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Labor groups target a supplier of the U.S. computer giant.
TAIPEI — Labor rights groups are stepping up their campaign against a Taiwanese supplier for Apple Computer.
They have accused the company, flat-panel maker Wintek, of exploiting workers at its factories in Taiwan and its subsidiary's factory in China.
The groups organized a protest outside Apple's Taipei office on Thursday morning, targeting the U.S. computer giant for the first time.
They say Wintek has not fully addressed their demands after months of negotiations, so they're taking their campaign to one of its high-profile customers.
"We want to go through Apple to put pressure on Wintek," said Chu Wei-li, 30, secretary-general of the Taipei-based National Federation of Independent Trade Unions, a key organizer of the protest.
The labor groups allege that Wintek fired more than 600 workers without warning in December, slashed salaries and made employees work unpaid overtime to fill rush orders.
The rights groups further allege that a Wintek subsidiary in Dongguan, China, cut workers' salaries without negotiation, has unacceptable working conditions and illegally fired 19 workers after a strike in mid-April. (See detailed allegations here.)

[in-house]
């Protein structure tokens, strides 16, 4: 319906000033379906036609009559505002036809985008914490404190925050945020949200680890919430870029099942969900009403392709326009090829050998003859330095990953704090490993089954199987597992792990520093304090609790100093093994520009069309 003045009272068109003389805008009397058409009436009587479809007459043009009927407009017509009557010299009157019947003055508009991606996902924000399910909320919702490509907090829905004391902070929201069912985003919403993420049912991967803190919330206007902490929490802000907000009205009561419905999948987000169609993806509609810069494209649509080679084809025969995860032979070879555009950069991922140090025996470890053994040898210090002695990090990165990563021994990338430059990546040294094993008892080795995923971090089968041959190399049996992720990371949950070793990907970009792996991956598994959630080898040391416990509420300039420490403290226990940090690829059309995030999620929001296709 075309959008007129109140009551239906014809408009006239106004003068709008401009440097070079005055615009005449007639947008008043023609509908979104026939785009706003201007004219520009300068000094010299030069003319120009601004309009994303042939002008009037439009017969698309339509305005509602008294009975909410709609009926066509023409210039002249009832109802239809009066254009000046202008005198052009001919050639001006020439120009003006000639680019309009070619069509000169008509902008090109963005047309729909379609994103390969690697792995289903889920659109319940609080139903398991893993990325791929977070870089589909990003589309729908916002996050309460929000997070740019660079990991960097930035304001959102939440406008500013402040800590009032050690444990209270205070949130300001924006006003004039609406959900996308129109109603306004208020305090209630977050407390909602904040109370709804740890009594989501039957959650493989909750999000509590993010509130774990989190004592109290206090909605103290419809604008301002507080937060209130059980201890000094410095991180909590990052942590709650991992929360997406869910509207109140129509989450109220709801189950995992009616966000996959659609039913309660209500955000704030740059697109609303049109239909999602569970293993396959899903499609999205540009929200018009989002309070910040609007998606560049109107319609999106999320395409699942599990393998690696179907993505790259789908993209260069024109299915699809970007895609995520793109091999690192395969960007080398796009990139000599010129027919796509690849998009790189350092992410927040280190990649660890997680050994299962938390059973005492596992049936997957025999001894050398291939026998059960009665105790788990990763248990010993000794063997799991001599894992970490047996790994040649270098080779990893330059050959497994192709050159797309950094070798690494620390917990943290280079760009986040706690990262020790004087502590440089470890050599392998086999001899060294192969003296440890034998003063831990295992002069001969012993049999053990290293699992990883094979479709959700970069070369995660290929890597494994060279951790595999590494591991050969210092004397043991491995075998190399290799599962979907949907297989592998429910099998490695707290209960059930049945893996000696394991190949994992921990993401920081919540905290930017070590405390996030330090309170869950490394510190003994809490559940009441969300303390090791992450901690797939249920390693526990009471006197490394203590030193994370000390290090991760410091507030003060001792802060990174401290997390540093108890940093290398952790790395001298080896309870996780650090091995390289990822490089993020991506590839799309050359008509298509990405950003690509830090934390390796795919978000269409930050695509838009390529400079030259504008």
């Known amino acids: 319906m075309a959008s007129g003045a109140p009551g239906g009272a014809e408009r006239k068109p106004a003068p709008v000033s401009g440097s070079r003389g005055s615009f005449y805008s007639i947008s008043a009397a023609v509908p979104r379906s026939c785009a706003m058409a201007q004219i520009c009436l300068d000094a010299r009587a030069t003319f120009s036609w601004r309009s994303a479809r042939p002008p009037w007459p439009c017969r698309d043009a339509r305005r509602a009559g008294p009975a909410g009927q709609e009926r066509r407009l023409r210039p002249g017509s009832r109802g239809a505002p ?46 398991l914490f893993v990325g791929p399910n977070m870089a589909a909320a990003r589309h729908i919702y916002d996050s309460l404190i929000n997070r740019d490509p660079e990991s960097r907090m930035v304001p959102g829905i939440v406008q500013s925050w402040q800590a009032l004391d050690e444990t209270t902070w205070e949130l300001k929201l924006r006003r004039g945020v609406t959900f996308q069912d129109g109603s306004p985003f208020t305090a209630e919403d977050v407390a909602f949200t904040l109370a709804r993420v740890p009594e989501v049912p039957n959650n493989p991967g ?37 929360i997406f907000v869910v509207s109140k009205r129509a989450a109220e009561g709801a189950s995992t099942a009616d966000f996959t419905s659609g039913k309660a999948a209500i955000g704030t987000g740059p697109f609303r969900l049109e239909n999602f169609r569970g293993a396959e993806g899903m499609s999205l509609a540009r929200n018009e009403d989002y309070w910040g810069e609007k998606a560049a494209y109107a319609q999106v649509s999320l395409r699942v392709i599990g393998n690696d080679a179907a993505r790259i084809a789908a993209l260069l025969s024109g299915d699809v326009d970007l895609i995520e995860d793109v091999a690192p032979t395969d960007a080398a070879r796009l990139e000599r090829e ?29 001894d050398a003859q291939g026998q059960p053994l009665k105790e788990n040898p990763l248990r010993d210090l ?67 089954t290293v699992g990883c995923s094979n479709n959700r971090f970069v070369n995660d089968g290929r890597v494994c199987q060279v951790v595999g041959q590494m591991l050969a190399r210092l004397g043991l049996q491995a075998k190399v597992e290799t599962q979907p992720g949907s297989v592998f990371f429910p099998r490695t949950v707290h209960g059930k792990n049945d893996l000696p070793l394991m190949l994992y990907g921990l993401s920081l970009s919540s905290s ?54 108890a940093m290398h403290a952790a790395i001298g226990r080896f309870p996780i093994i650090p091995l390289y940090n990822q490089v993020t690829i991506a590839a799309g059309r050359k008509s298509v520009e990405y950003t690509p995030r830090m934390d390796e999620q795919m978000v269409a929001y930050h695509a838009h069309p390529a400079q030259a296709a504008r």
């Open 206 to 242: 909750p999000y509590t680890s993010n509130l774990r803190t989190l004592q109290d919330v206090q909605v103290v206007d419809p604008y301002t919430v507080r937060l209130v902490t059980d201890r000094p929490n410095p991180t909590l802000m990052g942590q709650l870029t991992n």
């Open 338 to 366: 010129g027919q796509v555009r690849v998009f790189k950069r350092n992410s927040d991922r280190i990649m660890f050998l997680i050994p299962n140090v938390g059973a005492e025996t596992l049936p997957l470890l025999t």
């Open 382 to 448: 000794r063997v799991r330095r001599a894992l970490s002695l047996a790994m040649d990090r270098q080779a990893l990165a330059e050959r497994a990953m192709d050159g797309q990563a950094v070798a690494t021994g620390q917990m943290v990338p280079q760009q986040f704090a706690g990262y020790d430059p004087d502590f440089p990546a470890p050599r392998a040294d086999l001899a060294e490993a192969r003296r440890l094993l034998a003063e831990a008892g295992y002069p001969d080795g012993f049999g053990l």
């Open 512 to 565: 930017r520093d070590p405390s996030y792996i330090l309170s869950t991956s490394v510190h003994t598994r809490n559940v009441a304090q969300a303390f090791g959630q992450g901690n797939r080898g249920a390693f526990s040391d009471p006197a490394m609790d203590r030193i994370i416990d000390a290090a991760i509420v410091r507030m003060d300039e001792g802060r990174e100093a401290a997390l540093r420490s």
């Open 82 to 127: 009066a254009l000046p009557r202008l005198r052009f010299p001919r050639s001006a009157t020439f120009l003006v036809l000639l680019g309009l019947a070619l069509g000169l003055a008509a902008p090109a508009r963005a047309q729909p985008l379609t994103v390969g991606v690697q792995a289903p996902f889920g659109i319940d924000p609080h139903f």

Wintek denies any wrongdoing. In an e-mail, spokesperson Susie Lee said Wintek posted record net losses in 2008 due to the global downturn, and was forced to institute "cost-saving measures."
It says it gave laid-off workers compensation packages, and that all of its policies are in line with local laws and regulations, as well as its supplier "code of conduct" agreements.
"We hope ... certain persons or groups do not [make] unfounded allegations to harm Wintek's reputation and affect the normal business activities of a law-abiding company," Lee wrote. "Wintek shall take relevant necessary steps including legal action in order to protect company and stakeholders interests."
Apple's Asia spokesperson Jill Tan said in an e-mail, "Apple is committed to ensuring the highest standards of social responsibility wherever our products are [made]," and pointed me to the firm's corporate responsibility information.
Apple conducts regular audits of suppliers to make sure they comply with Apple's code of conduct, Tan said, and "we require corrective actions when we find violations."